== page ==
Just imagine what it’s like hanging hundreds of feet off the side of a wind turbine, searching for defects. Not exactly the safest, right?

Now, drones make this practice obsolete. Using specific payloads, such as thermal cameras, drones collect far more accurate data without risk to personnel. 

Speed is another advantage of drones over traditional inspection methods. For example, inspecting hundreds of solar panels for dead or dying solar cells could take days, if inspected manually. But, using thermal imaging, UAVs can complete the inspection of entire fields of solar panels in a fraction of the time people can from the ground.

Although the green energy industry already benefits from drone inspections , greater adoption of this technology continues, as more people discover the value.

Drone inspections simply come with too many concrete & practical benefits to ignore.

Skypull Harnesses Electricity with Drones

Ok, so it’s easy to see how drones benefit the green energy industry. For planning, safety, and efficiency, they’re powerful tools.

But, what if they could actually produce electricity?

That’s exactly what Skypull asked, and aims to answer.

Let’s take a quick look at how their unique solution works.

In general, windspeeds increase as you ascend in altitude through the upper troposphere (7km to 20km high). And, increasing wind speeds mean a greater potential energy.

Fortunately, you don’t need to ascend nearly that high to realize the benefits of more powerful winds.

Since 2013, Switzerland-based startup Skypull has investigated the idea of drones turning wind energy into electricity. The company’s drones are attached to a reel, pole, and retractable cable that looks remarkably like a giant fishing pole.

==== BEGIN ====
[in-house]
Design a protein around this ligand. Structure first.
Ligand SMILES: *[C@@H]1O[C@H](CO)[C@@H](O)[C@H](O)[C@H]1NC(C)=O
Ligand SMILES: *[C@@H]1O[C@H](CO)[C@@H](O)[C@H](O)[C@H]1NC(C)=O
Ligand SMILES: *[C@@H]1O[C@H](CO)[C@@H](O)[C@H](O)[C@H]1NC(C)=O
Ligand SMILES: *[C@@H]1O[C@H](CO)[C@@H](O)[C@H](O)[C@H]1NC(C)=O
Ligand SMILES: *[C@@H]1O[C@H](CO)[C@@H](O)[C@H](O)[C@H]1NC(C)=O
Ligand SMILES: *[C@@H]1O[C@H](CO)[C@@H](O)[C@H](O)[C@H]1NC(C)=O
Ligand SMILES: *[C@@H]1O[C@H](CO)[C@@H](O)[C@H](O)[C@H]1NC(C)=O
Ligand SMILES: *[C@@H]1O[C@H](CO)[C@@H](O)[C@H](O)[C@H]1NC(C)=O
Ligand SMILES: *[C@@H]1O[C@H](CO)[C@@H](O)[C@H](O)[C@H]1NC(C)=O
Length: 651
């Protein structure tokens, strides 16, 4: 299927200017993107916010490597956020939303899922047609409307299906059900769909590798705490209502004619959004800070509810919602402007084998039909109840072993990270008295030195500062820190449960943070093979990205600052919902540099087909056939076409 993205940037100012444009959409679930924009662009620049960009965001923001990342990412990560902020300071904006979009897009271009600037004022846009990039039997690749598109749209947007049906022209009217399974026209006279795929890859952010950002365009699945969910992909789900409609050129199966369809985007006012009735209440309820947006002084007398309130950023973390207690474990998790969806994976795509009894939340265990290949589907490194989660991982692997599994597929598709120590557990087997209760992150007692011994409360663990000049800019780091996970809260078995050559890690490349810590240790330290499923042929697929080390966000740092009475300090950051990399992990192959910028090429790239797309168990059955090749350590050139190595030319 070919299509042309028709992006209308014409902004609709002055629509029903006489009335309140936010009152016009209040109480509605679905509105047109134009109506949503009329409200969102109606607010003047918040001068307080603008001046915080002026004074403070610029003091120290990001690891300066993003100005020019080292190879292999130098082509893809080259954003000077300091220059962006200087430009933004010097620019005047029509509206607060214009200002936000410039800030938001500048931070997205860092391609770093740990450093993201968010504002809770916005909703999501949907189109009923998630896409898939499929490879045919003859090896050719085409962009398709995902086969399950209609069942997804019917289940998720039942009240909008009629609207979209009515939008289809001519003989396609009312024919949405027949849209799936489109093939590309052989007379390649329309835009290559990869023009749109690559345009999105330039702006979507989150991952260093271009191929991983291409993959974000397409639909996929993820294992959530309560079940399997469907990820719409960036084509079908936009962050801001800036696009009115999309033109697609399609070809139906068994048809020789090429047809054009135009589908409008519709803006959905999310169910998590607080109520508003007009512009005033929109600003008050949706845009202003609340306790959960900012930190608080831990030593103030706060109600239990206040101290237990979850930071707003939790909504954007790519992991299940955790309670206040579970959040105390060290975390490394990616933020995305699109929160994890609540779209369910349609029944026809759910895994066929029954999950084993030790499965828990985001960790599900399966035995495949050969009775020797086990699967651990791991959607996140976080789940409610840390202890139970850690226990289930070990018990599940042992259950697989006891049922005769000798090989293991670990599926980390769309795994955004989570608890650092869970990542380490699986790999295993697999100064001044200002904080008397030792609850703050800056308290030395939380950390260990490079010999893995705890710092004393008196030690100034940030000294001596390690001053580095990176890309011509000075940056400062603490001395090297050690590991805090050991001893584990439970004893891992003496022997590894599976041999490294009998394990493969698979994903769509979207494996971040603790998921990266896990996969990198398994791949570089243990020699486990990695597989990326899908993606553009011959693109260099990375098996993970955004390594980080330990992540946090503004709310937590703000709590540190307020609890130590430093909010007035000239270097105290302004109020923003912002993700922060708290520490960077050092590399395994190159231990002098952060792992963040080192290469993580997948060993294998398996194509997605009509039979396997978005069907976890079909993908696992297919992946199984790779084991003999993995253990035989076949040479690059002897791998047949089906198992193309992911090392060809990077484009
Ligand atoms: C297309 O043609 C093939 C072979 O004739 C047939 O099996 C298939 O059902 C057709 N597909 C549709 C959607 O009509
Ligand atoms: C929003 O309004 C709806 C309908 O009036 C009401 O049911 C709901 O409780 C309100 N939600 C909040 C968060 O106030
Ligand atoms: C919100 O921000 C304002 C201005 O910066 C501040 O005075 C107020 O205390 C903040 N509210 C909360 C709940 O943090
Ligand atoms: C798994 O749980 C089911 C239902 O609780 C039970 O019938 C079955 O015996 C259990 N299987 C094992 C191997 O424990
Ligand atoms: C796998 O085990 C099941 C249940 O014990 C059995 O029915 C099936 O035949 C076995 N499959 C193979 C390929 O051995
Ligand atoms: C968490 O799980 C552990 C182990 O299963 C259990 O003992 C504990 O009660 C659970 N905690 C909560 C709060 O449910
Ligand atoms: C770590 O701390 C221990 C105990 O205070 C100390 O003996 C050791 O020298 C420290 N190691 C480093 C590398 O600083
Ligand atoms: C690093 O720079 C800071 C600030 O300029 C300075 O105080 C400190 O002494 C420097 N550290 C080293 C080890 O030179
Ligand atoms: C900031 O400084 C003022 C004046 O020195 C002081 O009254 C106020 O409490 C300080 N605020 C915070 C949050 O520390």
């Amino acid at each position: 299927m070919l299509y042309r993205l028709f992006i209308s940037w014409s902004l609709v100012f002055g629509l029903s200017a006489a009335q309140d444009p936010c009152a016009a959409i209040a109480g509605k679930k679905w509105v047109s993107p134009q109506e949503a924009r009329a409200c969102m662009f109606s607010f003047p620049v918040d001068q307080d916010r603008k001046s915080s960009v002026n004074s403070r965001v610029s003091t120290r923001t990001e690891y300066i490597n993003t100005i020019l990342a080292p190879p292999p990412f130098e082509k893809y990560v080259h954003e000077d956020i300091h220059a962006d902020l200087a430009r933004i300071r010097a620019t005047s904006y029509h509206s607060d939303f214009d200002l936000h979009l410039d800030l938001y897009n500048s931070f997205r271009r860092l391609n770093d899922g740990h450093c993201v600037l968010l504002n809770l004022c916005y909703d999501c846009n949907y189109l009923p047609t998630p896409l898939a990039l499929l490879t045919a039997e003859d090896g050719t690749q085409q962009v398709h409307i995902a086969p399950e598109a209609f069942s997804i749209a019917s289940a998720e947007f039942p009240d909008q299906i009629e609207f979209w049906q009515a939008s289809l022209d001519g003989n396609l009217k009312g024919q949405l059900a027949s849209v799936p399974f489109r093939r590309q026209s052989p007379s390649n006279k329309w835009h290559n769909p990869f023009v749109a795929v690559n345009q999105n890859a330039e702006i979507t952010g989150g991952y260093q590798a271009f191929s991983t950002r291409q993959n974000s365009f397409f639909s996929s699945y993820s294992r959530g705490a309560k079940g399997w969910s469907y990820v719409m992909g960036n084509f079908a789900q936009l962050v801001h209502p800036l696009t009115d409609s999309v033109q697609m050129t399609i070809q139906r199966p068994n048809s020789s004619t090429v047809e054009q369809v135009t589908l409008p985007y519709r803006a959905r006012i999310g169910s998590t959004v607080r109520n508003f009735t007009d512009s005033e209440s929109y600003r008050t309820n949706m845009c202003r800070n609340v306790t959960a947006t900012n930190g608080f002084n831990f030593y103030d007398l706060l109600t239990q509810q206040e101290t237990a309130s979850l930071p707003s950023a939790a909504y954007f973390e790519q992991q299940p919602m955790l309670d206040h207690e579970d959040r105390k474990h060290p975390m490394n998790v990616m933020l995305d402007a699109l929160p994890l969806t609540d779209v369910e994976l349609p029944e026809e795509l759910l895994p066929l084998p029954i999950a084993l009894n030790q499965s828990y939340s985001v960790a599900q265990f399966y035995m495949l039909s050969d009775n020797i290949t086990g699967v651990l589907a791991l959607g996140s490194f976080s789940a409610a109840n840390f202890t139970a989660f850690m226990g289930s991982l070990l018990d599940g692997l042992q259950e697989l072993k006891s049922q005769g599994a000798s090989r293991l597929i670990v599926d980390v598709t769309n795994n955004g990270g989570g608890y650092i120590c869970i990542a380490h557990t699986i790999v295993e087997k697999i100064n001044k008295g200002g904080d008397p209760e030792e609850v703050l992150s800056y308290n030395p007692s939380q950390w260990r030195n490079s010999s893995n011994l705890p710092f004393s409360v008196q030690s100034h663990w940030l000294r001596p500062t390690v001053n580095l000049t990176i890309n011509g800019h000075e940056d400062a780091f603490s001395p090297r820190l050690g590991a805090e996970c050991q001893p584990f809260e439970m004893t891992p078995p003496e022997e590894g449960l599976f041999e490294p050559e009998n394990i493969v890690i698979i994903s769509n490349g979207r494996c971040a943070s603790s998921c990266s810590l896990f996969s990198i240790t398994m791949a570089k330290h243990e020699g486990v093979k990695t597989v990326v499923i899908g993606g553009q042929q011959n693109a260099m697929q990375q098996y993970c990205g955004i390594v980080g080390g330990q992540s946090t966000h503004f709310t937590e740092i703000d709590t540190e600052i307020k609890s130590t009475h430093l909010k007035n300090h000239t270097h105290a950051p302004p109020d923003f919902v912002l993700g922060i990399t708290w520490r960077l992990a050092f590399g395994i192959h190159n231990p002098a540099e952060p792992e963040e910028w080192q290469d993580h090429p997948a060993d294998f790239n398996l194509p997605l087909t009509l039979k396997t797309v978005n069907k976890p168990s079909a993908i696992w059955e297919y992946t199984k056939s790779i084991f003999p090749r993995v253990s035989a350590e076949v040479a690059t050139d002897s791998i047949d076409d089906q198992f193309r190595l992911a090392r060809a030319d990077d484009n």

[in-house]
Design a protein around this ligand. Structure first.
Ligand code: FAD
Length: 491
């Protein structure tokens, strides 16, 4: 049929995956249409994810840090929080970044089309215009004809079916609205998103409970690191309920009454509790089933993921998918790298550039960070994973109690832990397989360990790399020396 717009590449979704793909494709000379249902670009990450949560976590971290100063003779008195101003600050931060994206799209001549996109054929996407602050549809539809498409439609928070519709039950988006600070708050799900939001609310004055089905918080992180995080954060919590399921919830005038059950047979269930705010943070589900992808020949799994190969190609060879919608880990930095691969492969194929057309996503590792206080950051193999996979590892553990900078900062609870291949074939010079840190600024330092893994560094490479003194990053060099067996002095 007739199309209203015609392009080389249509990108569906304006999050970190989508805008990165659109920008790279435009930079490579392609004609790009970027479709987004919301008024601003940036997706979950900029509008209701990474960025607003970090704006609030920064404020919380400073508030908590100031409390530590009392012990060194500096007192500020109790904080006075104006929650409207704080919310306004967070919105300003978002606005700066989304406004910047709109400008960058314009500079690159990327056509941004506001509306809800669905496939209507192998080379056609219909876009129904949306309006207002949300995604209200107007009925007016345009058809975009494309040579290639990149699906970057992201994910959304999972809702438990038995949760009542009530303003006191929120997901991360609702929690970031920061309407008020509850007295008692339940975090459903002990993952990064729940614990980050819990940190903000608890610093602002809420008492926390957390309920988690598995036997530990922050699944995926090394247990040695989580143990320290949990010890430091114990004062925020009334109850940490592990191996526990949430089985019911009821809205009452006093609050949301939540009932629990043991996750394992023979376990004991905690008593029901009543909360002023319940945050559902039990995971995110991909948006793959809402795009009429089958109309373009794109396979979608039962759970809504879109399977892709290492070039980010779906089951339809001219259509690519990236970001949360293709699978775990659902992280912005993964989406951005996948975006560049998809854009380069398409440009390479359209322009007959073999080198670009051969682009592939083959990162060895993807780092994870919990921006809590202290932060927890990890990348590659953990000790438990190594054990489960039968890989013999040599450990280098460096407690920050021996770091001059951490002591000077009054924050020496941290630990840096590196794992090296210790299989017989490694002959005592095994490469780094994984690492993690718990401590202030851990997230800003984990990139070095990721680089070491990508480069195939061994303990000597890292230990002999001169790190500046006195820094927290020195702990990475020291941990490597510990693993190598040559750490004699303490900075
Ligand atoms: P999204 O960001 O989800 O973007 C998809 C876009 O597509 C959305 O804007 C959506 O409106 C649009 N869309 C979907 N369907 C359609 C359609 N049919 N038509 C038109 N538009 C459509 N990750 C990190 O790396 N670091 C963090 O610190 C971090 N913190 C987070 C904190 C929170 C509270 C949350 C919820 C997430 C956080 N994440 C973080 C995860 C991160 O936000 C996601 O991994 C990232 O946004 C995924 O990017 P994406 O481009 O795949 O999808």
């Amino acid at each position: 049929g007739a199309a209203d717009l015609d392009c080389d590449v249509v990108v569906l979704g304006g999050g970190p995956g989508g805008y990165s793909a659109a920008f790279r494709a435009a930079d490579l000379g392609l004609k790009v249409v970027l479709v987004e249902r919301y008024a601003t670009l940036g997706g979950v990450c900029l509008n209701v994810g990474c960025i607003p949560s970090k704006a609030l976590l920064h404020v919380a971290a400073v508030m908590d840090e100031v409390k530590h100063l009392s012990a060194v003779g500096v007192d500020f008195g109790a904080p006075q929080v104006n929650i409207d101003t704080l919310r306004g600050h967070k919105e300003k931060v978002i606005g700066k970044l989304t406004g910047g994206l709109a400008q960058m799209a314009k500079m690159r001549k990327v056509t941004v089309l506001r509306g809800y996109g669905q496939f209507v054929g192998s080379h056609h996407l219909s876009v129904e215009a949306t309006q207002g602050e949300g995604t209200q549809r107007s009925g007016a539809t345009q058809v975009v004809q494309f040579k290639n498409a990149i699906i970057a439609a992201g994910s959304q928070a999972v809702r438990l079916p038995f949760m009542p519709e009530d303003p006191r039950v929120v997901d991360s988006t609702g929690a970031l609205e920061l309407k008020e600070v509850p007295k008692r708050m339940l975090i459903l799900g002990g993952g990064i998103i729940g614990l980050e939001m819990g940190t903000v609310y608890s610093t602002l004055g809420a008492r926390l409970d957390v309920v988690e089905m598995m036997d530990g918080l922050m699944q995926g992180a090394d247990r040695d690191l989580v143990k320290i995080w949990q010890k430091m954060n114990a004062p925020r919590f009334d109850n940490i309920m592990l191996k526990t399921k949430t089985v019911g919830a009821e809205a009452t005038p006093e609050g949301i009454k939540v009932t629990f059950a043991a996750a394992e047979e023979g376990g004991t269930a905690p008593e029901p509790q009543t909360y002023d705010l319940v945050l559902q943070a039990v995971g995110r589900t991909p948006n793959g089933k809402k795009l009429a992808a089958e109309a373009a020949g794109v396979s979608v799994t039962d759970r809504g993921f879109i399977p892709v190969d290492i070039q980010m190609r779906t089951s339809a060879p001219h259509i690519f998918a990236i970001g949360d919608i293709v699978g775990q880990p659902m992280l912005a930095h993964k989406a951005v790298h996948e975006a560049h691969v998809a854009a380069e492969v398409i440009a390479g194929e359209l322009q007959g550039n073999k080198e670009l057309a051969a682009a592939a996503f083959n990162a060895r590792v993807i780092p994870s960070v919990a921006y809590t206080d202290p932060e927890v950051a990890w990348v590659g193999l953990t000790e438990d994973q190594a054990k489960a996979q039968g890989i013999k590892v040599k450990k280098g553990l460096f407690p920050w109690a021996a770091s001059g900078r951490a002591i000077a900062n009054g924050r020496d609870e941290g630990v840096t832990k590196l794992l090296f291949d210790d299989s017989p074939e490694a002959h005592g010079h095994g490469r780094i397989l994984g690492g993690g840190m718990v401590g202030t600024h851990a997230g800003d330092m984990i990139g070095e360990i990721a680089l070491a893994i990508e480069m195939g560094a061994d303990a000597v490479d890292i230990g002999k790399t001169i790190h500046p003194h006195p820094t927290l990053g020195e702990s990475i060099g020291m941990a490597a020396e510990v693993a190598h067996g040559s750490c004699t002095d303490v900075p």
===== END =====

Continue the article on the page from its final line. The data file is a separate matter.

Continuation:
These specially-designed drones climb into the sky, operating between 200 -800m in the air. Once there, wind generates all the lift they need to stay airborne (similar to a kite). As the wind moves the drone, the motion & unwinding of the reel is converted into electricity. 

This technology has many advantages. The system can be deployed almost anywhere, the UAVs can fly during the day or night, and it has less of an environmental impact than wind turbines. Skypull recently completed a proof-of-concept performance, and now sets their sights on larger, more powerful versions, with of goal of a system capable of powering 1,100 households.

Key Takeaways

Drones are a critical ally of the green energy industry, from planning for the future to inspecting the present and beyond. As the green energy sector grows, there is every reason to believe drones will grow along with it.

UAVs are here to stay, and will only become a more significant staple in fighting climate change.

Are you ready to incorporate drones into your green energy project?

If so, we’re here to help. Whether you need help inspecting panels on your solar farm, examining wind turbines, or surveying for you next project, the professionals at Consortiq are here for you.

With headquarters in both the UK and US, we ensure our pilots and training are up-to-date and top-notch, no matter where your operations take place.

Simply contact us with the form below for a no-pressure consultation.

Are you ready to find your better way?

David Daly - Contributing Author

David Daly - Contributing Author

David Daly, is an award-winning photographer/writer and licensed (FAA) Commercial sUAS pilot. A graduate of the United States Naval Academy, David is a former Marine Corps officer with a BS in Oceanography and has earned his MBA from the University of Redlands. David has worked for Fortune 100 companies and has a background in aerospace, construction, military/defense, real estate, and technology.